A bipartisan, bicameral group of legislators has introduced a comprehensive federal privacy proposal, marking a breakthrough in years-long gridlock over the scope and nature of federal privacy legislation.
On June 23, 2022, the proposal—which would create a comprehensive federal standard under the Federal Trade Commission (FTC) requiring companies to protect consumer data—was passed by a House consumer protection subcommittee, clearing the way for further consideration.
The proposal draws comparisons to other global privacy laws, such as the European Union’s General Data Protection Regulation (GDPR), but it is far from a replica of anything previously seen. That said, if it is enacted, companies could look to leverage earlier compliance efforts in some respects to meet the proposal’s requirements.

In early June, Rep. Frank Pallone (D-NJ-6) and Rep. Cathy McMorris Rodgers (R-WA-5), the Chair and Ranking Member of the House Energy & Commerce Committee, along with Senator Roger Wicker (R-MS), Ranking Member of the Senate Science, Commerce & Transportation Committee, unveiled a draft federal privacy bill known as the “American Data Privacy and Protection Act.” The proposal—the first to garner bipartisan, bicameral support in Congress—would establish a national framework to protect consumer data privacy and security and bolster individual privacy rights.

As envisioned, the proposed American Data Privacy and Protection Act would change the way personal data is handled by: requiring organizations to limit their collection of personal information, allowing consumers direct access to their own data, enhancing data protections for children under 17, requiring organizations to implement reasonable security measures and holding companies accountable for discriminatory algorithms.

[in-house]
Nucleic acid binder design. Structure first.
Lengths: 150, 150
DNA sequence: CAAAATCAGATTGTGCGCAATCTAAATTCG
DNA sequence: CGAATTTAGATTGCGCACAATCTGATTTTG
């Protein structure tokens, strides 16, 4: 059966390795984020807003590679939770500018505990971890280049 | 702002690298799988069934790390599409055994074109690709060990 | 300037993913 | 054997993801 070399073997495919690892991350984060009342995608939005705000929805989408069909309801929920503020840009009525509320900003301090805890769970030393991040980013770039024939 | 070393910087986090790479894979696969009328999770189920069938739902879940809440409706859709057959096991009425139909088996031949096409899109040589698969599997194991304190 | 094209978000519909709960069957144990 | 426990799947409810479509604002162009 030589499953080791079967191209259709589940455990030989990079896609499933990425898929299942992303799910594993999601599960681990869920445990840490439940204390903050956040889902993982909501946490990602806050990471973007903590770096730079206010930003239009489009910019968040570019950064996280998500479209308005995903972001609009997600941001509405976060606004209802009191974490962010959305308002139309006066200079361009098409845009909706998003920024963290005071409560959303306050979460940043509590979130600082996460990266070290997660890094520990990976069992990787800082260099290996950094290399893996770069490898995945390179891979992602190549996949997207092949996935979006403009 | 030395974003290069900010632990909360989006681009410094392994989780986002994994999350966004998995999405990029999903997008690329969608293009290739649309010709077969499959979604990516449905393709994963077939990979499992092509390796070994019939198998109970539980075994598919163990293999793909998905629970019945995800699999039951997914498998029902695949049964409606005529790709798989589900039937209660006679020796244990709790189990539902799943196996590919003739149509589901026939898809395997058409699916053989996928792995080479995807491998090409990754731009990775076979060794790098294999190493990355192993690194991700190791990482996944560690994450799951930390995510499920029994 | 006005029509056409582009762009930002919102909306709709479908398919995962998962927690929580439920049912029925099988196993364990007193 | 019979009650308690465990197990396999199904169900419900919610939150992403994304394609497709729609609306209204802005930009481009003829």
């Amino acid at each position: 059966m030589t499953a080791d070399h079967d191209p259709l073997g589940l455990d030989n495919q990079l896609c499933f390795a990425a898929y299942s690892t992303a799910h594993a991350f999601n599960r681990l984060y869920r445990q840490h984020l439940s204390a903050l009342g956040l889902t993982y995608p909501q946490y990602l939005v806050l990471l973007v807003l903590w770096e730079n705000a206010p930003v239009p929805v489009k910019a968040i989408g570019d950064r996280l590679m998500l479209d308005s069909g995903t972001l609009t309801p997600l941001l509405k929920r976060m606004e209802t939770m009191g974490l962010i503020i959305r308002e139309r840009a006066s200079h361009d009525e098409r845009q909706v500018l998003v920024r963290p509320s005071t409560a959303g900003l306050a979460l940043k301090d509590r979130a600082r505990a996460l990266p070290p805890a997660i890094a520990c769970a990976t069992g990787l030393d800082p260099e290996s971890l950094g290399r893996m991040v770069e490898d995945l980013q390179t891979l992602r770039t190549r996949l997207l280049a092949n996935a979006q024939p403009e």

The proposal sets limitations and rules for the treatment of “covered data,” including information identifying, linked, or reasonably linkable to an individual or device, and would apply to “covered entities,” which include any entity that collects, processes, or transfers covered data and is subject to the jurisdiction of the Federal Trade Commission (FTC), including businesses, nonprofits and telecommunications carriers.

Key provisions of the draft proposal include the following. Note that these proposals are not final legislation, and as the proposed legislation advances through the House and Senate, these provisions will certainly be subject to ongoing negotiation, debate and amendment.

  • Data Minimization: The Act imposes a baseline duty on covered entities not to unnecessarily collect or use covered data, but rather, only collect data that is reasonably proportional and necessary to provide their services. (A similar principle is found under the GDPR).
  • Privacy by Design: Covered entities must implement reasonable policies, practices, and procedures for collecting, processing, and transferring covered data. The proposal also requires large data holders to conduct a privacy impact assessment (like the GDPR, but with a wider scope) biannually, and annually in the case of large data holders using algorithms to collect covered data that may cause potential harm to individuals.